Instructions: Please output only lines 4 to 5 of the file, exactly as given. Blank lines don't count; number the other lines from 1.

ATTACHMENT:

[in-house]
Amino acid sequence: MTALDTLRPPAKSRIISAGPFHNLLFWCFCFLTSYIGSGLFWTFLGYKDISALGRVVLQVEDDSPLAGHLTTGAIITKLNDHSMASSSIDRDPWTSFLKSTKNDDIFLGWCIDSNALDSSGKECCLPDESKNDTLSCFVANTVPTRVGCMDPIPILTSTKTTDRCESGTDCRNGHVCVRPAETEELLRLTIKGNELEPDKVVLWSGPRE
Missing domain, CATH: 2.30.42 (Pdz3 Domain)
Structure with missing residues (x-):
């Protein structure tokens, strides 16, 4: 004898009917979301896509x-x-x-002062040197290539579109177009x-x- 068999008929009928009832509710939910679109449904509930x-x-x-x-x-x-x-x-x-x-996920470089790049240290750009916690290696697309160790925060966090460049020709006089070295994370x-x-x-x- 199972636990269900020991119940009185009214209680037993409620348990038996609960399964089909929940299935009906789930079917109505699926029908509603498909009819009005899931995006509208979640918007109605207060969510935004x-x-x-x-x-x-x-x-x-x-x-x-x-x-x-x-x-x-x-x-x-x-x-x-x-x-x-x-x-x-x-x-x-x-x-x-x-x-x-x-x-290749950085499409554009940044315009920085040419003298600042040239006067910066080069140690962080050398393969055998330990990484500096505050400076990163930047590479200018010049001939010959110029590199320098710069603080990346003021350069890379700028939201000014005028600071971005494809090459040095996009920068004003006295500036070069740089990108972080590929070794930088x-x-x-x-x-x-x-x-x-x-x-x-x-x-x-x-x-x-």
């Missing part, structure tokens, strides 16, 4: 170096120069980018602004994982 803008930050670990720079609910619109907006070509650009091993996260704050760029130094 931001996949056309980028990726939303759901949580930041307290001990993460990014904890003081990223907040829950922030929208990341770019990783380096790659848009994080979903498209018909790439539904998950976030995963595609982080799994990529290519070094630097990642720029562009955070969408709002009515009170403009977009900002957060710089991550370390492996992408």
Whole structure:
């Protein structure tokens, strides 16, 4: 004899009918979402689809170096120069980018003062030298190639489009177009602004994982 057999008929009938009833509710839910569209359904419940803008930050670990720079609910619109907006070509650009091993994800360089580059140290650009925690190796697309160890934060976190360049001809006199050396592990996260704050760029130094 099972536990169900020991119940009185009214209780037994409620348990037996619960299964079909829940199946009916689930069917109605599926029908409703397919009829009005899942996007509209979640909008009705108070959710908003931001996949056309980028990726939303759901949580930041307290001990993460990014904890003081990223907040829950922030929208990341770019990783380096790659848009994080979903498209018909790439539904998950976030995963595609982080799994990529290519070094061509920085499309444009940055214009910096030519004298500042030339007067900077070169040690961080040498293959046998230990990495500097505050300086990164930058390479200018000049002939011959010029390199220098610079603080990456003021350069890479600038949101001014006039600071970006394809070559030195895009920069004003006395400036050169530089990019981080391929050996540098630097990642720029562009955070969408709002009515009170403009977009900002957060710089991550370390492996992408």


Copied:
Structure with missing residues (x-):
């Protein structure tokens, strides 16, 4: 004898009917979301896509x-x-x-002062040197290539579109177009x-x- 068999008929009928009832509710939910679109449904509930x-x-x-x-x-x-x-x-x-x-996920470089790049240290750009916690290696697309160790925060966090460049020709006089070295994370x-x-x-x- 199972636990269900020991119940009185009214209680037993409620348990038996609960399964089909929940299935009906789930079917109505699926029908509603498909009819009005899931995006509208979640918007109605207060969510935004x-x-x-x-x-x-x-x-x-x-x-x-x-x-x-x-x-x-x-x-x-x-x-x-x-x-x-x-x-x-x-x-x-x-x-x-x-x-x-x-x-290749950085499409554009940044315009920085040419003298600042040239006067910066080069140690962080050398393969055998330990990484500096505050400076990163930047590479200018010049001939010959110029590199320098710069603080990346003021350069890379700028939201000014005028600071971005494809090459040095996009920068004003006295500036070069740089990108972080590929070794930088x-x-x-x-x-x-x-x-x-x-x-x-x-x-x-x-x-x-």